If we have any doubt, it is resolved by the gratuitous detail John provides: the woman leaves her waterpot behind (28), presumably a clue that she has found the living water and no longer needs to carry water. Evidently, in John’s estimation, the woman has come to believe, and her question, though the tentative nature of the wording might imply doubt, is sufficient to indicate that.
2. “Many in the crowd”, John 7:31
A similar construction is found in chapter 7. The context is the controversy Jesus causes at the Feast of Booths. His teaching prompts a number of questions: “Is this not the man they are trying to kill?” (25) “Can it be that the authorities really known that this is the Messiah?” (26) “Where does this man intend to go?” (35) “What does he mean?” (36) “Has not the scripture said . . ?” (42) But the one most relevant for our purposes is in verse 31: “When the Messiah comes, will he do more signs than this man has done?” What makes this question different is that John signals its importance by introducing it with the crucial term “believe”: “Many in the crowd believed in him, and were saying . . .”
Again, this appears to be a tentative question (introduced once again by me). The speakers are still uncertain about Jesus’ identity: they cannot say more than that, on balance, it seems that Jesus is the best contender they have yet seen for the title of Messiah. This hardly seems like a clear-cut declaration or faith, compared particularly with Thomas’ definitive statement of faith: “My Lord and my God.” (20:28) Nevertheless, in John’s understanding of faith this response seems to be quite adequate, since he classifies it as believing.
I want now to return to an earlier example of this same phenomenon. At first sight, it might not strike the casual reader as anything out of the ordinary, but in light of these two clear indications that a tentative question can indicate true faith, I want to argue that it actually has great significance in John’s understanding of faith.
3. The call of the first disciples John 1:35-51
The first contact between Jesus and his inner circle, according to John, comes not with Jesus’ invitation to “follow me,” but with an exchange of questions. Jesus asks Andrew and (presumably) John, “What are you looking for?” They reply, “Where are you staying?” He says, “Come and see.” (1:38-39). The following day, Andrew finds Peter and says, “We have found the Messiah” (1:41). The first thing to note is that, like the woman in chapter 4, after asking his question, Andrew at once bears witness to what he has discovered about Jesus.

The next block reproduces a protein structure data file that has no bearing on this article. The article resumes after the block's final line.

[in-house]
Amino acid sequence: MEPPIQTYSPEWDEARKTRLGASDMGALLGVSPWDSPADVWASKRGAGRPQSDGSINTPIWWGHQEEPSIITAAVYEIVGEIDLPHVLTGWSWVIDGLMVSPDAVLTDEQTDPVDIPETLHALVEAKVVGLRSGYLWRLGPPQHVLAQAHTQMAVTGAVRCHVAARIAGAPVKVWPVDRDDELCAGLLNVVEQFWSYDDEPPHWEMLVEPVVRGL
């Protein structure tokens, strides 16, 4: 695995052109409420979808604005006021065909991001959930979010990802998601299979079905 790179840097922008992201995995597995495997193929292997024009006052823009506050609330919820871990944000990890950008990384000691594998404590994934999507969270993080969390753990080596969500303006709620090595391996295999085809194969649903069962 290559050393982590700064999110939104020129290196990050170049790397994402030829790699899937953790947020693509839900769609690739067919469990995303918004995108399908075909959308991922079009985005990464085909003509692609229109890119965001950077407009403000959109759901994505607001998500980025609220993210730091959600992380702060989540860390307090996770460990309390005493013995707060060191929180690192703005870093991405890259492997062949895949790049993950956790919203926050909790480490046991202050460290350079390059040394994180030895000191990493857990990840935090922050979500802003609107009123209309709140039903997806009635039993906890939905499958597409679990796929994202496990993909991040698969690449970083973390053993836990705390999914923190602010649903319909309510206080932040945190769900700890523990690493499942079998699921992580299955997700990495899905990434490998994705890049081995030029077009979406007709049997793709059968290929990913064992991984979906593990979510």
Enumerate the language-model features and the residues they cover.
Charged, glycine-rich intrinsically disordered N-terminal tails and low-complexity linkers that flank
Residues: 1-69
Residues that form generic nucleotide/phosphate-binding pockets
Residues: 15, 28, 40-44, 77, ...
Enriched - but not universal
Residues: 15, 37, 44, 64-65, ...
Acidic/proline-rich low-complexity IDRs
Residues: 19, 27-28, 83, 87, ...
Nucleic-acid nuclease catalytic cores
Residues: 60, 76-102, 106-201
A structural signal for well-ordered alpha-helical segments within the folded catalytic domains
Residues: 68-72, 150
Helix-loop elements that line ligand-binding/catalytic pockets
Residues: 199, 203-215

The next day, Jesus says to Philip, “Follow me!” (1:43), the classic Synoptic call to discipleship. Philip then finds Nathanael and says, “We have found him about whom Moses in the law . . . wrote”(45). This testimony is directly parallel to that borne the previous day by Andrew (“We have found the Messiah”). The parallel may be represented thus:
|“Where are you staying?”||“Follow me.”|
|Spends the day with Jesus.||[Implied: Philip follows.]|
|Finds Simon.||Finds Nathanael.|
|“We have found the Messiah.”||“We have found him of whom Moses . . . wrote.”|
|Andrew brings Simon.||Philip says “Come and see.” Nathanael does.|
|Jesus accepts Simon.||Jesus accepts Nathanael.|
John thus makes the exchange, “where are you staying/come and see”, and the response of Andrew and John, precisely equivalent to the command to “Follow me!” and Philip’s response, in spite of the fact that the former is far more casual, tentative and informal than the latter. And, in both cases (as with the woman in chapter 4), the genuineness of the discipleship is indicated by the willingness to testify to Jesus’ identity.
The fourth example is one which has puzzled commentators over the years. Does Nicodemus become a disciple, a believer, or not? From the few actual references to Nicodemus, the evidence is ambiguous. In light of this emerging pattern of significant questions, however, I believe the answer is clearer.
4. Nicodemus, chapter 3
Nicodemus is another person who asks questions: “How can a man be born again?” (3:4) and “How can these things be?” (3:9) Commentators often understand these questions as indicating Nicodemus’ lack of faith and understanding, and, indeed, there is no indication in the conversation that Nicodemus makes any move towards discipleship.
Nicodemus hardly appears again (except for 7:51-52—also a question, though not to Jesus) until after the crucifixion, when he collaborates with Joseph of Arimathea in caring for the body of Jesus (19:38-39). In that context, John explains that Joseph “was a disciple of Jesus, though a secret one.” Though the same is not said explicitly of Nicodemus, the implication seems to be that he too is a secret disciple. Yet at what point between chapter 3 and chapter 19 did Nicodemus become a believer? If it is true that even tentative questions can indicate a sincere desire to “believe,” maybe Nicodemus’ questions in chapter 3 are actually intended by John to be indicative of a genuine moving towards faith.
5. The man born blind, John 9
Like the woman at the well, the man born blind (chapter 9) illustrates that there are stages of faith, stages in the process of moving from darkness towards the light of Christ. After his sight is restored and the man is first asked about the miracle, he can say no more than that “the man called Jesus” did it (11). Under questioning from the Pharisees, however, he goes further, and suggests that Jesus “is a prophet.” (17) Does this make him a disciple, then? Certainly he asks the Pharisees, “Do you also want to become his disciple?” which might imply, “I am already: what about you?” though it could logically refer to others who are already Jesus’ disciples.